Resource

Maroons in the Great Dismal Swamp

A painting of self-emancipated Black Americans living in the Maroon Society of the Great Dismal Swamp.

Fugitive Slaves in the Dismal Swamp, Virginia.

David Edward Cronin (artist), Fugitive Slaves in the Dismal Swamp, Virginia, 1888. New-York Historical Society, Gift of Daniel Parish Jr.

Background

The Great Dismal Swamp is a large marshy area that straddles the eastern section of the border between Virginia and North Carolina. It is very difficult to navigate, but there are islands scattered throughout it. There is evidence that Indigenous people inhabited the swamp’s islands as far back as 13,000 years.

In the 1700s and 1800s, the Great Dismal Swamp became a popular place for self-emancipated people to hide from their enslavers and start new lives. There is archeological evidence that some of the islands in the swamp were home to thriving communities that historians call Maroon societies. Maroon societies existed in many inhospitable corners of the U.S. wilderness until the Civil War ended slavery in 1865. But historians believe the Great Dismal Swamp was home to the most Maroons in the country.

Daily life in the Great Dismal Swamp was very challenging, but the terrible conditions protected the inhabitants from the enslavers who wished to capture them. Most of the history of the Maroon societies of the Great Dismal Swamp was lost when the communities disbanded after the Civil War. Archeologists and historians are now piecing together the stories. They are important examples of the resistance and resilience of Black Americans in U.S. history.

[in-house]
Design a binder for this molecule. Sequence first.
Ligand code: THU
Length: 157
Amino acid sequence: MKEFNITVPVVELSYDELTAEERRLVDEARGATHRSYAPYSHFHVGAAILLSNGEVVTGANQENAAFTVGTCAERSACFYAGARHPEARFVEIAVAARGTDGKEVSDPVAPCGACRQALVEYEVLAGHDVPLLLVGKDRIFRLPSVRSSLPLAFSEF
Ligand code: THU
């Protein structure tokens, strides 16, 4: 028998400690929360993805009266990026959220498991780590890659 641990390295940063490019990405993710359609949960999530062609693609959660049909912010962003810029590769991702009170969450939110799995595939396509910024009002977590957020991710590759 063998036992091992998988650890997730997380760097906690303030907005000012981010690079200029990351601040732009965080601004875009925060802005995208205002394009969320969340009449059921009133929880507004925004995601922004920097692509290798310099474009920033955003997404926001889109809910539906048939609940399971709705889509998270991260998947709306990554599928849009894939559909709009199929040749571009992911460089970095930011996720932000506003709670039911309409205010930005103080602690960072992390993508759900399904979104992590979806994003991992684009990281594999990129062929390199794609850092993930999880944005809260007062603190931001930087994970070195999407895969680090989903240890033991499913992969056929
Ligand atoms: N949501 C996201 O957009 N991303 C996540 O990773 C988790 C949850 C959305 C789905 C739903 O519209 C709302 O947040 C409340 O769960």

About the Image

This painting is an artist’s interpretation of life for Maroons in the Great Dismal Swamp. It shows that the swamp was home to people of all ages and sexes. It also suggests that the constant threat of discovery was a source of anxiety for everyone who lived there. It does not show us what the communities of the swamp looked like, probably because the artist never saw one. The fact that this painting was created 23 years after the end of the Civil War shows that people were still sharing the stories of Maroon societies and admiring their resilience long after they had disbanded.

Vocabulary

  • Great Dismal Swamp: A large marshy area that straddles the eastern section of the border between Virginia and North Carolina.
  • Maroon: A person who escaped slavery and lived in a hidden community in the wilderness to avoid recapture.
  • self-emancipated: People who have freed themselves from slavery, usually by running away or purchasing their freedom.

Discussion Questions

  • What would it be like to live in a place like the one shown in this painting? What particular challenges do you think women faced in places like this one?
  • How does this painting make you feel? How did the artist elicit that reaction?
  • What is the value of analyzing paintings that were not drawn from life? How should we approach artistic interpretations of historical events?

Suggested Activities

  • Invite students to learn more about how archeologists and historians are uncovering the history of Maroon societies in the Great Dismal Swamp, read this article from Smithsonian Magazine. Then ask them to write a reflection paper about why this work is important. 
  • To help students better understand the challenges Maroon women in the Great Dismal Swamp may have faced, pair this image with White Settler Women.
  • For more stories of slavery and self-emancipation in the Federal Period, see: Abolition Loopholes, Life Story: Oney Judge, Life Story: Sukey, The Second Middle Passage, and Life Story: Anna Madgigine Jai Kingsley.
  • For another example of a Maroon society in the early United States, see The First Seminole War.

Themes

POWER AND POLITICS; AMERICAN IDENTITY AND CITIZENSHIP

Source Notes